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First Electromagnetic Spam Message
“William Fothergill Cooke and Charles Wheatstone’s electromagnetic telegraph took England by storm shortly after commercial service began in 1837. By 1868, there were more than 10,000 miles of telegraph wire in the United Kingdom supporting 1,300 telegraph stations; four years later, there were 5,179 stations, serviced by more than 87,000 miles of wire.
With a capability to reach large numbers of people quickly and easily, the world’s first unsolicited, electrically enabled advertisement was sent in London late in the evening of May 29, 1864, according to historian Matthew Sweet. The message was from Messrs. Gabriel, a group of unregistered dentists, who sold a variety of false teeth, gums, toothpaste, and tooth powder.
The message, sent to current and former members of Parliament, read as follows:
Messrs. Gabriel, dentists, Harley-street, Cavendish-square. Until October Messrs. Gabriel’s professional attendance at 27, Harley-street, will be 10 till 5.
In 1864 there were no telegraphs in private residences; the message appeared on the swinging needles of the Cooke-Wheatstone electromagnetic telegraph, where it was transcribed by operators, carried by a boy sent from the London District Telegraph Company, and placed into the hand of a member of Parliament.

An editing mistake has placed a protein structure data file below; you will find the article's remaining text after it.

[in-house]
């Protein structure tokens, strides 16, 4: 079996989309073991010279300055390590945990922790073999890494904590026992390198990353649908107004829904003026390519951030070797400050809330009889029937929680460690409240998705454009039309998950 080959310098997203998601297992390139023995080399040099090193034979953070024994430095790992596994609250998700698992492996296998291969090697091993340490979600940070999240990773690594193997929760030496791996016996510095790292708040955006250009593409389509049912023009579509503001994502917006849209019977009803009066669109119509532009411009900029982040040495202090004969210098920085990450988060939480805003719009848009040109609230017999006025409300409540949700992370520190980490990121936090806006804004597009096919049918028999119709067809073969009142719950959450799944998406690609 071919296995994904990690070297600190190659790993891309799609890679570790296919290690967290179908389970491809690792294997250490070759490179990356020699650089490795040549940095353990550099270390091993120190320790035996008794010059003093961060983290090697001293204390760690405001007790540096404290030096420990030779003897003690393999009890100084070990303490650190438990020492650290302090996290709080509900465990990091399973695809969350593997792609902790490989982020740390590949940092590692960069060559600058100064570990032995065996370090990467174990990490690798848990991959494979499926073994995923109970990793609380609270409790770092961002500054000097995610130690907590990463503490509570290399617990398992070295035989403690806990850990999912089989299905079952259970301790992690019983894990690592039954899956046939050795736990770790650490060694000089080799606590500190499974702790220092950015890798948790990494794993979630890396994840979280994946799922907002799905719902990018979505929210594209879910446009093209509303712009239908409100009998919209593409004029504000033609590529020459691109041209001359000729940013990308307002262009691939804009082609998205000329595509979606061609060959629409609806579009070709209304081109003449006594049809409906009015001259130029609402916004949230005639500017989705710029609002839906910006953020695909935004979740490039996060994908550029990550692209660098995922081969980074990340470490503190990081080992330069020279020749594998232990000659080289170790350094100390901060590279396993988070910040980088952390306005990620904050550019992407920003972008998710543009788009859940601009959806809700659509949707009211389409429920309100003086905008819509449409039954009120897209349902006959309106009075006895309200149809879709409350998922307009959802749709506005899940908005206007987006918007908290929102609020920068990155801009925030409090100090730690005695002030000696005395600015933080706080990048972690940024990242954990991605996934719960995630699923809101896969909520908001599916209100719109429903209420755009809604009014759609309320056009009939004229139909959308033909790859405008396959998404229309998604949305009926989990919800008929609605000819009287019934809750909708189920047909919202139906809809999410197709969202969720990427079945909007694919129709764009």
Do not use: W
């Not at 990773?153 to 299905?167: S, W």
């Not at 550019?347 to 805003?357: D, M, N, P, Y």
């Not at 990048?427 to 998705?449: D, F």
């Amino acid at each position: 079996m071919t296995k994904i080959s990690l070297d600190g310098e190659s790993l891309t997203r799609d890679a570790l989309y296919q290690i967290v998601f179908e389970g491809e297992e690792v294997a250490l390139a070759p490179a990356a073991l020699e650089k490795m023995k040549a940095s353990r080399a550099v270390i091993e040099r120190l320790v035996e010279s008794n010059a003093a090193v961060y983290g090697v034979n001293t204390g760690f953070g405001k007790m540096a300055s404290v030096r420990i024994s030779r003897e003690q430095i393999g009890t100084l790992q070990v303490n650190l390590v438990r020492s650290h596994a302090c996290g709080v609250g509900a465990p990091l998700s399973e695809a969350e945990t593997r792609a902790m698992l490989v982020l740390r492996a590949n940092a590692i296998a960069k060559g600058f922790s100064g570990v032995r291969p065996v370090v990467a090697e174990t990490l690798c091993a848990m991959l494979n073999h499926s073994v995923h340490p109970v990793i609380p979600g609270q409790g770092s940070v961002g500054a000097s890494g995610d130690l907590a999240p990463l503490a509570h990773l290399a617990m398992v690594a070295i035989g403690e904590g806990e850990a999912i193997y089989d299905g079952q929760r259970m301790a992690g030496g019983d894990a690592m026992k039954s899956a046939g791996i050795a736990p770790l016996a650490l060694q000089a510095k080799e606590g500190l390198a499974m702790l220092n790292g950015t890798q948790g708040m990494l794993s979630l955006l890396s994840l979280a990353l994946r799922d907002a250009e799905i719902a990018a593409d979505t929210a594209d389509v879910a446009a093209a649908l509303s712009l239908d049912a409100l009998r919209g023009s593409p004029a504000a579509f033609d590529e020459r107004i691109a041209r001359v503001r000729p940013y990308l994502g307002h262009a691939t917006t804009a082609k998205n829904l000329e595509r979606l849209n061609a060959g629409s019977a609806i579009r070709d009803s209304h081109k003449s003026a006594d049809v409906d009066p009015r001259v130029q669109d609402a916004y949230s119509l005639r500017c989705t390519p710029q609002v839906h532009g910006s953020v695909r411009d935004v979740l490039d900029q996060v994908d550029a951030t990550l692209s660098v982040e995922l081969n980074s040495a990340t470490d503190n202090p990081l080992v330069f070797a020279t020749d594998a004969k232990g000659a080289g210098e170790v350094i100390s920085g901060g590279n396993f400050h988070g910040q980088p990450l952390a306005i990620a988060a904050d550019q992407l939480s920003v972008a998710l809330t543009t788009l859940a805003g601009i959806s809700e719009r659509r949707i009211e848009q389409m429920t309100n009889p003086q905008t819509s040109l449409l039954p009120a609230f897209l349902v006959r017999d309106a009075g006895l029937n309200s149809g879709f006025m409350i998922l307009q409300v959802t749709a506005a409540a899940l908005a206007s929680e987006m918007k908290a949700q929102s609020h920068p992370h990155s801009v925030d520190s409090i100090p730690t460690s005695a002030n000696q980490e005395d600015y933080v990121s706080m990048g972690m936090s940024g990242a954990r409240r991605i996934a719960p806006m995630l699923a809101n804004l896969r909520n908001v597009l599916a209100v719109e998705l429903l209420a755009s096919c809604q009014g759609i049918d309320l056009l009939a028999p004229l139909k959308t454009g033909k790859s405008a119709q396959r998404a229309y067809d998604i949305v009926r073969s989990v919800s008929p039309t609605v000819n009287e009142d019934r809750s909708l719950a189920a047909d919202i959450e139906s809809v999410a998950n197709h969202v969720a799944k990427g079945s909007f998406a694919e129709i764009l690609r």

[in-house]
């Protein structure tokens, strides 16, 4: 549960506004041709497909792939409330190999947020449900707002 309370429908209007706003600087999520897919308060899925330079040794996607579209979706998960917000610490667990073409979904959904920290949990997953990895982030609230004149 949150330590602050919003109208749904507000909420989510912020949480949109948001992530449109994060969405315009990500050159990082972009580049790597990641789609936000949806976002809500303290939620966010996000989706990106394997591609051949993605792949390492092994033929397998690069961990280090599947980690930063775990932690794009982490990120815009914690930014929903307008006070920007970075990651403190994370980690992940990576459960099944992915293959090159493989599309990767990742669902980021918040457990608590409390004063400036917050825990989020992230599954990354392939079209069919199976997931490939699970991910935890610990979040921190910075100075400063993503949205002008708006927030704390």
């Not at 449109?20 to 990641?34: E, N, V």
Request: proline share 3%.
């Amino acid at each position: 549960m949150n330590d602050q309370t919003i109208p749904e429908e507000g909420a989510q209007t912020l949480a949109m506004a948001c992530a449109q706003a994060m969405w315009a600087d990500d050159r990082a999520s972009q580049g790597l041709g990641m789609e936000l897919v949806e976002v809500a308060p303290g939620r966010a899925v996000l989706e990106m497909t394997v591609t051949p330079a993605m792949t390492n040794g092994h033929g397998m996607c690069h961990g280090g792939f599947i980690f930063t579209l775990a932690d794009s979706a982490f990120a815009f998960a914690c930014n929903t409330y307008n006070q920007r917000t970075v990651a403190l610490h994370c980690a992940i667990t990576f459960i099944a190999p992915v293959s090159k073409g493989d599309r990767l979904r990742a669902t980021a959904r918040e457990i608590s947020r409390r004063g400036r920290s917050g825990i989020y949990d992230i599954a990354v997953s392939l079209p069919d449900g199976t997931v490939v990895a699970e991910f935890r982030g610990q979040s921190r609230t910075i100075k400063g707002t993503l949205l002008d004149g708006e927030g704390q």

That M.P. wrote about his annoyance in a letter to the editor of the local paper: “I have never had any dealings with Messrs. Gabriel, and beg to know by what right do they disrupt me by a telegram which is simply the medium of advertisement? A word from you would, I feel sure, put a stop to this intolerable nuisance.”
But it wasn’t shame that put a halt to spam sent by telegram: it was the cost. Advertising by telegraph just wasn’t cost effective, due to the high price of sending the messages. That price plummeted with the birth of email, which was used to send a bulk, unsolicited advertisement for the first time in 1978.
SEE ALSO First Internet Spam Message (1978)
On May 29, 1864, Messrs. Gabriel, a group of unregistered dentists, sent members of the British Parliament the earliest known unsolicited electronic message. One recipient complained to the newspaper.